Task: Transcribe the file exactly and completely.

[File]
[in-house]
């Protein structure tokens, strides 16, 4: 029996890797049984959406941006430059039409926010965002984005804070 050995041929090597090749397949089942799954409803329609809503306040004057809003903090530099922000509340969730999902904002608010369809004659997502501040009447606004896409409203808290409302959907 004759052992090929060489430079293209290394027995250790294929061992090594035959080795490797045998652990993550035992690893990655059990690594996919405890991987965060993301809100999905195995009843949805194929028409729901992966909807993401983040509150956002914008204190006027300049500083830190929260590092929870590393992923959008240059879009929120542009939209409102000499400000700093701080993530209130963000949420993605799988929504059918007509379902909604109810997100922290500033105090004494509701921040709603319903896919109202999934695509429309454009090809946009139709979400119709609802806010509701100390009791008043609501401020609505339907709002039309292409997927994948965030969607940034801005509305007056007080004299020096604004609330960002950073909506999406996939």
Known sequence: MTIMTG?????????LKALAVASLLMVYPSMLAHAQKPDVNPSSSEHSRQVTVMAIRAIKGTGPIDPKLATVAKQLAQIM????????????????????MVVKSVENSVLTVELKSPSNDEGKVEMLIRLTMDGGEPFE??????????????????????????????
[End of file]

[in-house]
């Protein structure tokens, strides 16, 4: 029996890797049984959406941006430059039409926010965002984005804070 050995041929090597090749397949089942799954409803329609809503306040004057809003903090530099922000509340969730999902904002608010369809004659997502501040009447606004896409409203808290409302959907 004759052992090929060489430079293209290394027995250790294929061992090594035959080795490797045998652990993550035992690893990655059990690594996919405890991987965060993301809100999905195995009843949805194929028409729901992966909807993401983040509150956002914008204190006027300049500083830190929260590092929870590393992923959008240059879009929120542009939209409102000499400000700093701080993530209130963000949420993605799988929504059918007509379902909604109810997100922290500033105090004494509701921040709603319903896919109202999934695509429309454009090809946009139709979400119709609802806010509701100390009791008043609501401020609505339907709002039309292409997927994948965030969607940034801005509305007056007080004299020096604004609330960002950073909506999406996939």
Known sequence: MTIMTG?????????LKALAVASLLMVYPSMLAHAQKPDVNPSSSEHSRQVTVMAIRAIKGTGPIDPKLATVAKQLAQIM????????????????????MVVKSVENSVLTVELKSPSNDEGKVEMLIRLTMDGGEPFE??????????????????????????????